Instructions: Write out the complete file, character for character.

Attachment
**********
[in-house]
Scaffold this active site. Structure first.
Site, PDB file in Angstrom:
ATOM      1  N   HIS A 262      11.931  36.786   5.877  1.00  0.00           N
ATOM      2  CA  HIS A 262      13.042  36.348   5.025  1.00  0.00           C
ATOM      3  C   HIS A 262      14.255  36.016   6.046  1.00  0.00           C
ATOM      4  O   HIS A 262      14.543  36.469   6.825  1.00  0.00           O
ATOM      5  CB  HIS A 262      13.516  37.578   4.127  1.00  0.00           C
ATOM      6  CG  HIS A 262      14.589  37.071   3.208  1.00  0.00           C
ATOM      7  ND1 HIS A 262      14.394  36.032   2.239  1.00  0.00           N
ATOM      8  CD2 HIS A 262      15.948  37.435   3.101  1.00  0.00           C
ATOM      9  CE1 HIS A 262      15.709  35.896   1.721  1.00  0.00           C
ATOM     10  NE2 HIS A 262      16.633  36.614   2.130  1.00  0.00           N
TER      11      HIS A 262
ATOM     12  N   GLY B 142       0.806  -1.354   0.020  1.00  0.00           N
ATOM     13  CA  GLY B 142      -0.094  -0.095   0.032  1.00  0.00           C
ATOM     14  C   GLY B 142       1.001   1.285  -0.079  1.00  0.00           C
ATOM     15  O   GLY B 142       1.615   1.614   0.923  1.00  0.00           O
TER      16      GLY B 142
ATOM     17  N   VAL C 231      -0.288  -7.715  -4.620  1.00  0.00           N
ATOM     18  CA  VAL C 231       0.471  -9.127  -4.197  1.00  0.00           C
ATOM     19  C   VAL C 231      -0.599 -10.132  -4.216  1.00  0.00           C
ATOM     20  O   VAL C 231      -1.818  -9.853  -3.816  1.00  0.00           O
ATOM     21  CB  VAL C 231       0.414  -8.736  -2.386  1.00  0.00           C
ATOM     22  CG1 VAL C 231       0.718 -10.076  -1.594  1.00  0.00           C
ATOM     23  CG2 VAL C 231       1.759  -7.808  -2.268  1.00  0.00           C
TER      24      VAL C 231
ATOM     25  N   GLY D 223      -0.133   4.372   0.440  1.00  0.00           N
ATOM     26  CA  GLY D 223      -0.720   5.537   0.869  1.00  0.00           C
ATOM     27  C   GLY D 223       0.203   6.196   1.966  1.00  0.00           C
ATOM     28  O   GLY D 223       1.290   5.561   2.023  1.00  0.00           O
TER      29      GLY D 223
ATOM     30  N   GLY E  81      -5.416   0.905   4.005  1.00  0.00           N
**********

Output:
[in-house]
Scaffold this active site. Structure first.
Site, PDB file in Angstrom:
ATOM      1  N   HIS A 262      11.931  36.786   5.877  1.00  0.00           N
ATOM      2  CA  HIS A 262      13.042  36.348   5.025  1.00  0.00           C
ATOM      3  C   HIS A 262      14.255  36.016   6.046  1.00  0.00           C
ATOM      4  O   HIS A 262      14.543  36.469   6.825  1.00  0.00           O
ATOM      5  CB  HIS A 262      13.516  37.578   4.127  1.00  0.00           C
ATOM      6  CG  HIS A 262      14.589  37.071   3.208  1.00  0.00           C
ATOM      7  ND1 HIS A 262      14.394  36.032   2.239  1.00  0.00           N
ATOM      8  CD2 HIS A 262      15.948  37.435   3.101  1.00  0.00           C
ATOM      9  CE1 HIS A 262      15.709  35.896   1.721  1.00  0.00           C
ATOM     10  NE2 HIS A 262      16.633  36.614   2.130  1.00  0.00           N
TER      11      HIS A 262
ATOM     12  N   GLY B 142       0.806  -1.354   0.020  1.00  0.00           N
ATOM     13  CA  GLY B 142      -0.094  -0.095   0.032  1.00  0.00           C
ATOM     14  C   GLY B 142       1.001   1.285  -0.079  1.00  0.00           C
ATOM     15  O   GLY B 142       1.615   1.614   0.923  1.00  0.00           O
TER      16      GLY B 142
ATOM     17  N   VAL C 231      -0.288  -7.715  -4.620  1.00  0.00           N
ATOM     18  CA  VAL C 231       0.471  -9.127  -4.197  1.00  0.00           C
ATOM     19  C   VAL C 231      -0.599 -10.132  -4.216  1.00  0.00           C
ATOM     20  O   VAL C 231      -1.818  -9.853  -3.816  1.00  0.00           O
ATOM     21  CB  VAL C 231       0.414  -8.736  -2.386  1.00  0.00           C
ATOM     22  CG1 VAL C 231       0.718 -10.076  -1.594  1.00  0.00           C
ATOM     23  CG2 VAL C 231       1.759  -7.808  -2.268  1.00  0.00           C
TER      24      VAL C 231
ATOM     25  N   GLY D 223      -0.133   4.372   0.440  1.00  0.00           N
ATOM     26  CA  GLY D 223      -0.720   5.537   0.869  1.00  0.00           C
ATOM     27  C   GLY D 223       0.203   6.196   1.966  1.00  0.00           C
ATOM     28  O   GLY D 223       1.290   5.561   2.023  1.00  0.00           O
TER      29      GLY D 223
ATOM     30  N   GLY E  81      -5.416   0.905   4.005  1.00  0.00           N